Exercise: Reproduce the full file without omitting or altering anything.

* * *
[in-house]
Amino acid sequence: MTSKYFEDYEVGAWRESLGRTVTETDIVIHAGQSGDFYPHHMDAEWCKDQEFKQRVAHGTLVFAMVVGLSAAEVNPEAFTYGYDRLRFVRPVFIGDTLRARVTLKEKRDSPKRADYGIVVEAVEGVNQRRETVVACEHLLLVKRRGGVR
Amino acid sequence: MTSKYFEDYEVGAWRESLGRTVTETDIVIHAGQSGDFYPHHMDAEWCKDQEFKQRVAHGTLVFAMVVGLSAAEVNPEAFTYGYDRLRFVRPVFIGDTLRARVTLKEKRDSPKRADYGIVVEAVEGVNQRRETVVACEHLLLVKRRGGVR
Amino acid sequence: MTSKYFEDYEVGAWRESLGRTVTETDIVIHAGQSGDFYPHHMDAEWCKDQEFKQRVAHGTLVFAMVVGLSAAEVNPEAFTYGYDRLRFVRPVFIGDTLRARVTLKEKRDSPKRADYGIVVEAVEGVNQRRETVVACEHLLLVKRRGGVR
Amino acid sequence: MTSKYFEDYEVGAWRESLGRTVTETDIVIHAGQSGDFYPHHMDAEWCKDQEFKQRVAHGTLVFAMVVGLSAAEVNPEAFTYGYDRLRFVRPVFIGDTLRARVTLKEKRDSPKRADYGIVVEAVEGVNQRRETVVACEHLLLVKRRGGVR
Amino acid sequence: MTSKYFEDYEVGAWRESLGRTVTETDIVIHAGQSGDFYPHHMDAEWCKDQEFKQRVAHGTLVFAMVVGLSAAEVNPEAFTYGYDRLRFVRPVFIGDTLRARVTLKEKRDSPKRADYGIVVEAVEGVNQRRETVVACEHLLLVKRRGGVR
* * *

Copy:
[in-house]
Amino acid sequence: MTSKYFEDYEVGAWRESLGRTVTETDIVIHAGQSGDFYPHHMDAEWCKDQEFKQRVAHGTLVFAMVVGLSAAEVNPEAFTYGYDRLRFVRPVFIGDTLRARVTLKEKRDSPKRADYGIVVEAVEGVNQRRETVVACEHLLLVKRRGGVR
Amino acid sequence: MTSKYFEDYEVGAWRESLGRTVTETDIVIHAGQSGDFYPHHMDAEWCKDQEFKQRVAHGTLVFAMVVGLSAAEVNPEAFTYGYDRLRFVRPVFIGDTLRARVTLKEKRDSPKRADYGIVVEAVEGVNQRRETVVACEHLLLVKRRGGVR
Amino acid sequence: MTSKYFEDYEVGAWRESLGRTVTETDIVIHAGQSGDFYPHHMDAEWCKDQEFKQRVAHGTLVFAMVVGLSAAEVNPEAFTYGYDRLRFVRPVFIGDTLRARVTLKEKRDSPKRADYGIVVEAVEGVNQRRETVVACEHLLLVKRRGGVR
Amino acid sequence: MTSKYFEDYEVGAWRESLGRTVTETDIVIHAGQSGDFYPHHMDAEWCKDQEFKQRVAHGTLVFAMVVGLSAAEVNPEAFTYGYDRLRFVRPVFIGDTLRARVTLKEKRDSPKRADYGIVVEAVEGVNQRRETVVACEHLLLVKRRGGVR
Amino acid sequence: MTSKYFEDYEVGAWRESLGRTVTETDIVIHAGQSGDFYPHHMDAEWCKDQEFKQRVAHGTLVFAMVVGLSAAEVNPEAFTYGYDRLRFVRPVFIGDTLRARVTLKEKRDSPKRADYGIVVEAVEGVNQRRETVVACEHLLLVKRRGGVR